Sarah Outen starts north Pacific crossing

Sarah Outen set out for her second attemp at crossing the North Pacific Ocean on Saturday
Sarah Outen set out for her second attemp at crossing the North Pacific Ocean on Saturday
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It took two attempts but adventurer Sarah Outen restarted her challenge to circumnavigate the globe by her own power when she set off from Japan on Saturday.

After being forced to turn back because of strong winds former Stamford High School pupil Sarah, 27, from Oakham, successfully set out from Choshi Marina at 15.33pm (Japan time), 7.33am (UK time).

The last update report received yesterday (Sunday) said she has covered more than 30 miles thanks to the Kuroshio current.

Sarah left for Japan on March 13 to restart her London2London: Via the World expedition when weather conditions became suitable but was forced to delay her departure to row the Pacific Ocean for almost a month due to bad weather.

Before leaving Sarah said: “There are no guarantees of success out there and it will take every ounce of physical and mental strength and a good dollop of luck to make it across safely. But I believe I have the best possible chance - physically and mentally I am strong and determined to give this my best shot.

“I am an ocean girl at heart. I love being so close to the water and living to the rhythms of the wild. The energy out there is magic and the dynamics are so exciting.”

The double world record holder learned the hard way the need for the right conditions. She had to cut short her attempt to cross the Pacific in June 2012 when her rowing boat Gulliver broke up in a tropical storm.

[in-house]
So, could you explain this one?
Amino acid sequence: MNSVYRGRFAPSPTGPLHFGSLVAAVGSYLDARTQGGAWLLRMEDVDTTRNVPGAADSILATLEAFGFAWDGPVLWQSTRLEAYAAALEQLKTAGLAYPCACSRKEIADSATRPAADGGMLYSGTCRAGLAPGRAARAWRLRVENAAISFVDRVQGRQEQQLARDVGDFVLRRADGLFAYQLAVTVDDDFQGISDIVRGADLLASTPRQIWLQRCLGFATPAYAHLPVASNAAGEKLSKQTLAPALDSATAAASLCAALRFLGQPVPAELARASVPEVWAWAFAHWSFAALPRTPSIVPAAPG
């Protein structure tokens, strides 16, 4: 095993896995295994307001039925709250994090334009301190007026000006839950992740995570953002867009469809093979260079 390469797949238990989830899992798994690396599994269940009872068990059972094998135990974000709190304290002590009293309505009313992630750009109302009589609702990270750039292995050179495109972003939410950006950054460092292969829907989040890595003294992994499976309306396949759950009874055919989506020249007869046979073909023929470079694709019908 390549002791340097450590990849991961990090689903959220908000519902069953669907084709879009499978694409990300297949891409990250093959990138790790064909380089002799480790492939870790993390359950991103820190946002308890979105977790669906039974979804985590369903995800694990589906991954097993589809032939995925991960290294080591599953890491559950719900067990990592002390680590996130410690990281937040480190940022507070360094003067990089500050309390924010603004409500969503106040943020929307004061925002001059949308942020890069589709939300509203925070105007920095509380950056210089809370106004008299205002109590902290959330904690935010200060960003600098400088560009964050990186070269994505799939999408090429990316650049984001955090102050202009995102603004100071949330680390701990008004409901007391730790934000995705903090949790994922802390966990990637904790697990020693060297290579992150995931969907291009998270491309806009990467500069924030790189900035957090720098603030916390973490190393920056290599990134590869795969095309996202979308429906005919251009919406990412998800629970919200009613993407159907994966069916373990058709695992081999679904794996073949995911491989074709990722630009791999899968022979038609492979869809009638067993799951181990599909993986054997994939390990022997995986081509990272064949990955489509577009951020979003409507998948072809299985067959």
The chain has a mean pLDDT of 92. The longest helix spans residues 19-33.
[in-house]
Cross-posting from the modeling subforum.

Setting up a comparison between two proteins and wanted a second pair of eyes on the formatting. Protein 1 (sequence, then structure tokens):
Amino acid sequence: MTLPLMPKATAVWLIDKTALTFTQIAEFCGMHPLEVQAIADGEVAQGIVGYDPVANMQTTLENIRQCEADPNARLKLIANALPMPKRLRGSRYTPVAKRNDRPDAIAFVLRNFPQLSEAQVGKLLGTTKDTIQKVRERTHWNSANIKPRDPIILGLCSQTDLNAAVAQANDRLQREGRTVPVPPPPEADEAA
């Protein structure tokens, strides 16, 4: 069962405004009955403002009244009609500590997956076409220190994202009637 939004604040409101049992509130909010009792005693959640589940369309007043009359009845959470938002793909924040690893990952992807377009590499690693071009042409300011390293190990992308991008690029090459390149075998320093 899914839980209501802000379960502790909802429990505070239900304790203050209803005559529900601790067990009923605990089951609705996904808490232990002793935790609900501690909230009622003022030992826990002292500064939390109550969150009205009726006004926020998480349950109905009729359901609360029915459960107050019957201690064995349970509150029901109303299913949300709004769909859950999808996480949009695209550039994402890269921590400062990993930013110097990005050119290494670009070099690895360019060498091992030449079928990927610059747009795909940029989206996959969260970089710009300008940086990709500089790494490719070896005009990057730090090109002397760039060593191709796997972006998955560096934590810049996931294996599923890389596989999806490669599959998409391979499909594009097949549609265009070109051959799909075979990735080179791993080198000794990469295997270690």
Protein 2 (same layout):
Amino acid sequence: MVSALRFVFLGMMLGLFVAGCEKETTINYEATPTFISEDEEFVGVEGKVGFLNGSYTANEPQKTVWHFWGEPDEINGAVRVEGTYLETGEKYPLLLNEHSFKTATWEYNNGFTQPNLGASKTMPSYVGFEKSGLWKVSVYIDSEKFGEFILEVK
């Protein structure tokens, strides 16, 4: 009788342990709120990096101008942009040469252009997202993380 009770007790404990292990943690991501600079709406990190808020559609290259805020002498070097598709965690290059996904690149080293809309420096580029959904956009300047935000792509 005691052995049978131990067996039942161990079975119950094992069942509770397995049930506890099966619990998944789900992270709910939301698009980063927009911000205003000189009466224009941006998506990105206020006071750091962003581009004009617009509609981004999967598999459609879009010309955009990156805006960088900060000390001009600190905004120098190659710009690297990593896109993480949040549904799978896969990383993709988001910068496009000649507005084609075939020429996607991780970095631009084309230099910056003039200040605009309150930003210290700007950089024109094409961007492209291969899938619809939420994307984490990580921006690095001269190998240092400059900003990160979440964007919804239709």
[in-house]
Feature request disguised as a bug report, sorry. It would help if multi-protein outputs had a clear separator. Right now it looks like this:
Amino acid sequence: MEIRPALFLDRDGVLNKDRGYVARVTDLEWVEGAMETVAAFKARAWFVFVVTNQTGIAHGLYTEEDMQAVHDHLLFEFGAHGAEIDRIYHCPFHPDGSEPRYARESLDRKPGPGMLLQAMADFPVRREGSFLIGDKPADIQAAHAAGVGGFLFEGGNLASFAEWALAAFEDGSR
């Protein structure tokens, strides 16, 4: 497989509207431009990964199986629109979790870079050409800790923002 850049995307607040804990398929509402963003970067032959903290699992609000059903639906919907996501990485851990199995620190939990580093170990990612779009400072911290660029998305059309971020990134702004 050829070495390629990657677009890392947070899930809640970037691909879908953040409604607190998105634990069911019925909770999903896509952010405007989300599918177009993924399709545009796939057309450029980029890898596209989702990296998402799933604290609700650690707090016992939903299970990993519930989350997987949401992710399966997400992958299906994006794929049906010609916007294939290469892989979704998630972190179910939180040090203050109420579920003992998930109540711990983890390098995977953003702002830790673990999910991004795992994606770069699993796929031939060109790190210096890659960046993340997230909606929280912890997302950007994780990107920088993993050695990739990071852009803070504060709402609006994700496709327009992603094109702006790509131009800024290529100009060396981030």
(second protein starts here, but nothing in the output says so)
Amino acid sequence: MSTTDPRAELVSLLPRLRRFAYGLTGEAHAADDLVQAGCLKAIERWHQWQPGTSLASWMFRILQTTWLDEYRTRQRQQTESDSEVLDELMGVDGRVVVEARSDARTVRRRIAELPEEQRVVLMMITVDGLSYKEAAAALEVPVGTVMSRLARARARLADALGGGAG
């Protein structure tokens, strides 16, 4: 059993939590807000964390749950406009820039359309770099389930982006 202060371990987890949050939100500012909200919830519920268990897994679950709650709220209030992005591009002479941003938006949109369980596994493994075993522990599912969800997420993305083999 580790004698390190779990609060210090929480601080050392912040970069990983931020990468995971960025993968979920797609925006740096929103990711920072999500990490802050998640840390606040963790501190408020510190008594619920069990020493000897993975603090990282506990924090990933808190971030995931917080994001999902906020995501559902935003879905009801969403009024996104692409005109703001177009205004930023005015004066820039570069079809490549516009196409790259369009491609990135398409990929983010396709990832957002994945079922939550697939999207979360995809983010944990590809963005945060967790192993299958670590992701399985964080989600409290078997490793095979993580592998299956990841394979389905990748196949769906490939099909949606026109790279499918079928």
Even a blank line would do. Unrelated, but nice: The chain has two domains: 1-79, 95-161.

The Japanese coastguard rescued Sarah from the sea exhausted and dehydrated, having battled 45ft waves and 100mph winds for three days.

Sarah said: “The north Pacific has already proven itself to be the most gruelling part of my whole London2London expedition.

“Physically and mentally, I know I will be exhausted most of the time – the distance, the weather conditions and my complete isolation will make it hugely challenging. Even so, I am ready for it and keen to get out there once more.

“There are so many beautiful things about being alone on the ocean - the wildlife is my favourite part.”

Sarah is bidding to become the first woman to row 4,500 miles solo across the north Pacific.

Sarah is rowing completely self-sufficient, taking all her food with her on her 7-metre customised rowing boat, Happy Socks.

The adventurer has already cycled and kayaked more than 11,000 miles from London to Japan, starting the journey in April 2011. She kayaked along the Thames and then across the English Channel, cycled across Europe, Russia and China before rowing across the north Pacific to Japan.

This time her plan is to cross the Pacific in about six months, before taking a six week break. Sarah will then cycle across Canada and the US, before rowing across the Atlantic to the UK next year.